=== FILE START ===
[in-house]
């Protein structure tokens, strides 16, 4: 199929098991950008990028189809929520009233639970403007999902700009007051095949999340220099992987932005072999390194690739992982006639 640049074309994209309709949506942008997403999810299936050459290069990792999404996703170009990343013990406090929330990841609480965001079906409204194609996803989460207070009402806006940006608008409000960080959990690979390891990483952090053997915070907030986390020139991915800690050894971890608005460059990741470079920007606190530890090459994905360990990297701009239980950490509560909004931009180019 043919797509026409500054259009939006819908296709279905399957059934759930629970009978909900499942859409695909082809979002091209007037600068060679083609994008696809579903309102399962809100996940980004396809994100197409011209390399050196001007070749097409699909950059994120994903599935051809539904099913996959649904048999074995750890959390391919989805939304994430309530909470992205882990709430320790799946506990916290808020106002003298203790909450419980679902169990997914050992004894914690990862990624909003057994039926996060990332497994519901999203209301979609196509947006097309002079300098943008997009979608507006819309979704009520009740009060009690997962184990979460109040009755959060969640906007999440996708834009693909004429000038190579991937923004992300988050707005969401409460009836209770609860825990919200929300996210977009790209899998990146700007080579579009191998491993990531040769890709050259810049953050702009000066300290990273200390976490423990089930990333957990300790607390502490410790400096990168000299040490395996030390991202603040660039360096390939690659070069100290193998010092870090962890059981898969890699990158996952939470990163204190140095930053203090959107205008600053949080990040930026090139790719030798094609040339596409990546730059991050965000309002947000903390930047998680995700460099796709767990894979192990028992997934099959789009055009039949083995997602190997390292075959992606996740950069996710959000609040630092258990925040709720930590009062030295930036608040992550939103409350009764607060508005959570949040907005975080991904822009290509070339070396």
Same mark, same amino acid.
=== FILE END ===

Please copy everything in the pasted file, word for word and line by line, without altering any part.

[in-house]
């Protein structure tokens, strides 16, 4: 199929098991950008990028189809929520009233639970403007999902700009007051095949999340220099992987932005072999390194690739992982006639 640049074309994209309709949506942008997403999810299936050459290069990792999404996703170009990343013990406090929330990841609480965001079906409204194609996803989460207070009402806006940006608008409000960080959990690979390891990483952090053997915070907030986390020139991915800690050894971890608005460059990741470079920007606190530890090459994905360990990297701009239980950490509560909004931009180019 043919797509026409500054259009939006819908296709279905399957059934759930629970009978909900499942859409695909082809979002091209007037600068060679083609994008696809579903309102399962809100996940980004396809994100197409011209390399050196001007070749097409699909950059994120994903599935051809539904099913996959649904048999074995750890959390391919989805939304994430309530909470992205882990709430320790799946506990916290808020106002003298203790909450419980679902169990997914050992004894914690990862990624909003057994039926996060990332497994519901999203209301979609196509947006097309002079300098943008997009979608507006819309979704009520009740009060009690997962184990979460109040009755959060969640906007999440996708834009693909004429000038190579991937923004992300988050707005969401409460009836209770609860825990919200929300996210977009790209899998990146700007080579579009191998491993990531040769890709050259810049953050702009000066300290990273200390976490423990089930990333957990300790607390502490410790400096990168000299040490395996030390991202603040660039360096390939690659070069100290193998010092870090962890059981898969890699990158996952939470990163204190140095930053203090959107205008600053949080990040930026090139790719030798094609040339596409990546730059991050965000309002947000903390930047998680995700460099796709767990894979192990028992997934099959789009055009039949083995997602190997390292075959992606996740950069996710959000609040630092258990925040709720930590009062030295930036608040992550939103409350009764607060508005959570949040907005975080991904822009290509070339070396």
Same mark, same amino acid.